Finance minister says ‘hastily’ passed nation-state law is mistake, needs fixing

Moshe Kahlon is second cabinet minister to address the anger of the Druze minority, who feel legislation betrayed them despite their service to the state

Finance Minister Moshe Kahlon attends the weekly cabinet meeting at the Prime Minister's Office in Jerusalem, on June 10, 2018. (Yonatan Sindel/Flash90)
Finance Minister Moshe Kahlon attends the weekly cabinet meeting at the Prime Minister's Office in Jerusalem, on June 10, 2018. (Yonatan Sindel/Flash90)

Finance Minister Moshe Kahlon said Thursday that a recently passed controversial law defining Israel as the Jewish nation-state was a mistake that needs to be corrected, as was another law denying gay men from the right to use surrogacy to father children.

He became the second minister in as many days to suggest tailoring the nation-state law in order to maintain equal rights for Israel’s Druze community, which has condemned the legislation.

Kahlon spoke to Army Radio ahead of a planned meeting later in the day hosted by Prime Minister Benjamin Netanyahu, which will look at altering the Jewish nation-state law due to the Druze outcry.

“The legislation was done hastily,” Kahlon said of the bill, passed last week, which his Kulanu party, as a member of the coalition, voted in favor of. “We made a mistake and we need to fix it.”

The nation-state law, proponents say, puts Jewish values and democratic values on equal footing. Critics, however, say the law effectively discriminates against Israel’s Arabs and other minority communities.

The Druze, a breakaway sect from Islam, are the only minority that has taken upon itself Israel’s mandatory draft and serves in large numbers alongside Jewish soldiers in some of the IDF’s most elite units.

Kahlon indicated that commitments to coalition agreements played a significant role in gaining support for the bill, rather than ideology.

The minister added that a Druze lawmaker from Kulanu, who joined two other Druze MKs and community leaders in filing a High Court of Justice petition against the law, was acting on his own accord.

Kulanu parliament member Akram Hasson during his swearing-in as a member of the Knesset in Jerusalem on February 1, 2016. (Issac Harari/Flash90)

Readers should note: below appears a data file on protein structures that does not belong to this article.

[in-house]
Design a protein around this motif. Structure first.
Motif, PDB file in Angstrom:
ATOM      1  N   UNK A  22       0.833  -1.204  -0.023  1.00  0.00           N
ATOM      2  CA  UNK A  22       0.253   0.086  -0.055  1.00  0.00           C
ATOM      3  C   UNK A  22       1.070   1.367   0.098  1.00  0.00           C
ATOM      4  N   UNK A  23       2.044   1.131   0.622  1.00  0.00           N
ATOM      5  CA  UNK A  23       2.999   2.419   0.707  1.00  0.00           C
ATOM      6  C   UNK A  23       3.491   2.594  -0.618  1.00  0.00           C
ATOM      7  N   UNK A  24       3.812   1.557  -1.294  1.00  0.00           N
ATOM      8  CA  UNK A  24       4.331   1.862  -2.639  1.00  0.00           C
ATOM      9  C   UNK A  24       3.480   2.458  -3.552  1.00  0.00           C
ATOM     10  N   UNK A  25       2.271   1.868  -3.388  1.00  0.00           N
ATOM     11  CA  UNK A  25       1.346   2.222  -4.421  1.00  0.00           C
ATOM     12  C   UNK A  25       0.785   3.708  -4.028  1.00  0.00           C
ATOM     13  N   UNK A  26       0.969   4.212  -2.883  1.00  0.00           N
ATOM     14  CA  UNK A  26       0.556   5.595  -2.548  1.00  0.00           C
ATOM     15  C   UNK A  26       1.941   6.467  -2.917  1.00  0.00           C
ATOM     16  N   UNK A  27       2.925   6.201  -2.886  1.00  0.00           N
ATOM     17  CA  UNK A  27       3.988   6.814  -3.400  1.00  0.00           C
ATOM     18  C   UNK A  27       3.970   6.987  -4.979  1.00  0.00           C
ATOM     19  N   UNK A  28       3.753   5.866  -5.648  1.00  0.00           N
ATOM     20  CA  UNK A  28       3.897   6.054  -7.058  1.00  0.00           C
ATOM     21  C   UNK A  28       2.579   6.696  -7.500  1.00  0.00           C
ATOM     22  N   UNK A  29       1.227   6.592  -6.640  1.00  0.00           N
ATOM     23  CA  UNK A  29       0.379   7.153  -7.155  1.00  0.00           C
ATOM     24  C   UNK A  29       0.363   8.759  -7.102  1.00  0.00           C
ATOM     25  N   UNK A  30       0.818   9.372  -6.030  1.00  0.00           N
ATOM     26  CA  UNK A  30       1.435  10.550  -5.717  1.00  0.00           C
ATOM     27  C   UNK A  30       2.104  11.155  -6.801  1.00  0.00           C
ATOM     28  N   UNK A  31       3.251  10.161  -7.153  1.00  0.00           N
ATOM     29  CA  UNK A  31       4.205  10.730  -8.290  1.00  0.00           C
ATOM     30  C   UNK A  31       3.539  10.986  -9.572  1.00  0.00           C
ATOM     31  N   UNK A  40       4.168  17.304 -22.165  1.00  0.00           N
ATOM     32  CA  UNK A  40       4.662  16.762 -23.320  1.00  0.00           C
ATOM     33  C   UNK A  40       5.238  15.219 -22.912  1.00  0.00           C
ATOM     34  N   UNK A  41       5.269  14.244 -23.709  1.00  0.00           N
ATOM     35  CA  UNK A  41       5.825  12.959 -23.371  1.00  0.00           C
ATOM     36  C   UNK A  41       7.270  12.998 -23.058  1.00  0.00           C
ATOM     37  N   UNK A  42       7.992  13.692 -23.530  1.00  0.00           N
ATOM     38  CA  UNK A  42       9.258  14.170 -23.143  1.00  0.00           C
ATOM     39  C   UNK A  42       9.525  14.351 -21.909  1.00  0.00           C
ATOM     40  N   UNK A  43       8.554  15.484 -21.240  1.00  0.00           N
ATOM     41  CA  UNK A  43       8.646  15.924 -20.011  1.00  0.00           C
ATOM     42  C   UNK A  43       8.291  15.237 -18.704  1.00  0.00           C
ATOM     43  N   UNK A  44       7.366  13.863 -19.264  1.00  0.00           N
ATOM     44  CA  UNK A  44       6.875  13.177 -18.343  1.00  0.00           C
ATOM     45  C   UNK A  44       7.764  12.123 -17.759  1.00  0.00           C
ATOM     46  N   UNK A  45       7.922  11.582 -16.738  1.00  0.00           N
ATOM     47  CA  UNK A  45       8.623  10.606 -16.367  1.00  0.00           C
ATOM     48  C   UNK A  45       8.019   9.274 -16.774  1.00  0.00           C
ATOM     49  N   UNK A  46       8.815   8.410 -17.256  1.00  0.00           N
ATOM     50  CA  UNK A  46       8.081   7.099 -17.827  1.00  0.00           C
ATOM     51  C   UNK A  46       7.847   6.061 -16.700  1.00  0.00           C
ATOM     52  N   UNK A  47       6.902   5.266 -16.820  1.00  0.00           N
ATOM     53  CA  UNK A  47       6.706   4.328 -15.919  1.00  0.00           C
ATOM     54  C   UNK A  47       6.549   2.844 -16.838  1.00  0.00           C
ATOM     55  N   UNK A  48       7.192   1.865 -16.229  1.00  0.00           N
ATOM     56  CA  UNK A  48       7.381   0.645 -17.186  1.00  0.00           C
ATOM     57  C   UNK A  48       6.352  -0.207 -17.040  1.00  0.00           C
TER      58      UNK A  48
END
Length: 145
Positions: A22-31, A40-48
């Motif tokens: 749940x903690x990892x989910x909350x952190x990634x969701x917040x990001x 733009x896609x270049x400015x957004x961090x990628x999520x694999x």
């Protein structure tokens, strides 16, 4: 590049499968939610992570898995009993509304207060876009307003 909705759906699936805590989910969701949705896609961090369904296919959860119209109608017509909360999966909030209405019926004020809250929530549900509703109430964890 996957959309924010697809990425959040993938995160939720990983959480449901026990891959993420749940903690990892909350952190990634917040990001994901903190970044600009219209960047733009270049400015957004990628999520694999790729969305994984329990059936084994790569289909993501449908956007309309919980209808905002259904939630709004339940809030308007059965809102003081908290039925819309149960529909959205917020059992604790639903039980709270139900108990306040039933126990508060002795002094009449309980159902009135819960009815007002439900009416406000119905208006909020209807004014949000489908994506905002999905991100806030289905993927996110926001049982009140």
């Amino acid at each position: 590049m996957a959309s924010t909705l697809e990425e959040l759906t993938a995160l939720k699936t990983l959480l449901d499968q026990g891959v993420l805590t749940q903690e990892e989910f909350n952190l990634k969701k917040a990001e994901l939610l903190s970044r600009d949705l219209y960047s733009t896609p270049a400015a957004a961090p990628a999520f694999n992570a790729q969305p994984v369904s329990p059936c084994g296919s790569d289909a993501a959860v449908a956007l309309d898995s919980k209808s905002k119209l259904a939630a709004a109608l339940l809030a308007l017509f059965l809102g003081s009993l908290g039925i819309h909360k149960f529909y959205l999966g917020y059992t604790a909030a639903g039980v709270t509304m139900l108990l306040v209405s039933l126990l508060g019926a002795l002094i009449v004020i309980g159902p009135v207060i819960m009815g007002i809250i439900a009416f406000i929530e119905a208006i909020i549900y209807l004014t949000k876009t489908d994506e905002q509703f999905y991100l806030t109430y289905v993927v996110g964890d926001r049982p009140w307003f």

Kahlon said that MK Akram Hasson told him of his plans to contest the law, and that the minister gave him his blessing to act as he felt best.

Hasson, Defense Minister Avigdor Liberman, Communications Minister Ayoub Kara — the sole Druze minister in the cabinet — and Yisrael Beytenu party MK Hamad Amar were all to participate in the meeting with Netanyahu, Kahlon said.

MK Benny Begin, of the ruling Likud party, on Thursday urged that the existing legislation should not be canceled but rather amended to stipulate that all Israeli citizens have full equal rights, the Kan broadcaster reported.

Likud MK Benny Begin during a Foreign Affairs and Security Committee at the Knesset, on April 30, 2018. (Miriam Alster/Flash90)

Netanyahu will not consider amending the law, however, Hebrew media sources reported. Even so, Netanyahu was open to “other moves aimed at improving conditions for the Druze,” according to the reports.

Environmental Protection Minister Ze’ev Elkin, one of the bill’s original sponsors and a Netanyahu confidant, rejected Kahlon’s statement.

“I don’t think we made a mistake,” Elkin said, according to the Israel Hayom daily. “The law is correct, and the text is correct and reached a balance. In the end, everyone agreed to it, and it returned sanity to the country that we can proudly say that we are a Jewish state. The law doesn’t impact the individual rights of anyone.”

On Wednesday Education Minister Naftali Bennett vowed to work to “heal the wound” the law has inflicted on the Druze community. Sources close to Bennett told The Times of Israel that the Jewish Home leader was open to amending the nation-state law.

In addition to changing the nation-state law, Kahlon said Thursday, he was working with Kulanu MK Merav Ben Ari to change another controversial law passed last week which expanded surrogacy regulations, but excluded gay men from access to surrogate parenthood. “We understood there is a problem,” Kahlon said.

There was a wide outcry against the surrogacy law along with a one-day strike called by the LGBT community on Sunday and a mass protest in Tel Aviv the night before attended by some 100,000 people.

Noting that government stability is being challenged with several contentious items of legislation, among them the nation-state law, gay surrogacy rights, and military service for members of the ultra-Orthodox, Kahlon told Army Radio he expects there to be early elections called in February or March of next year instead of at the end of the year.

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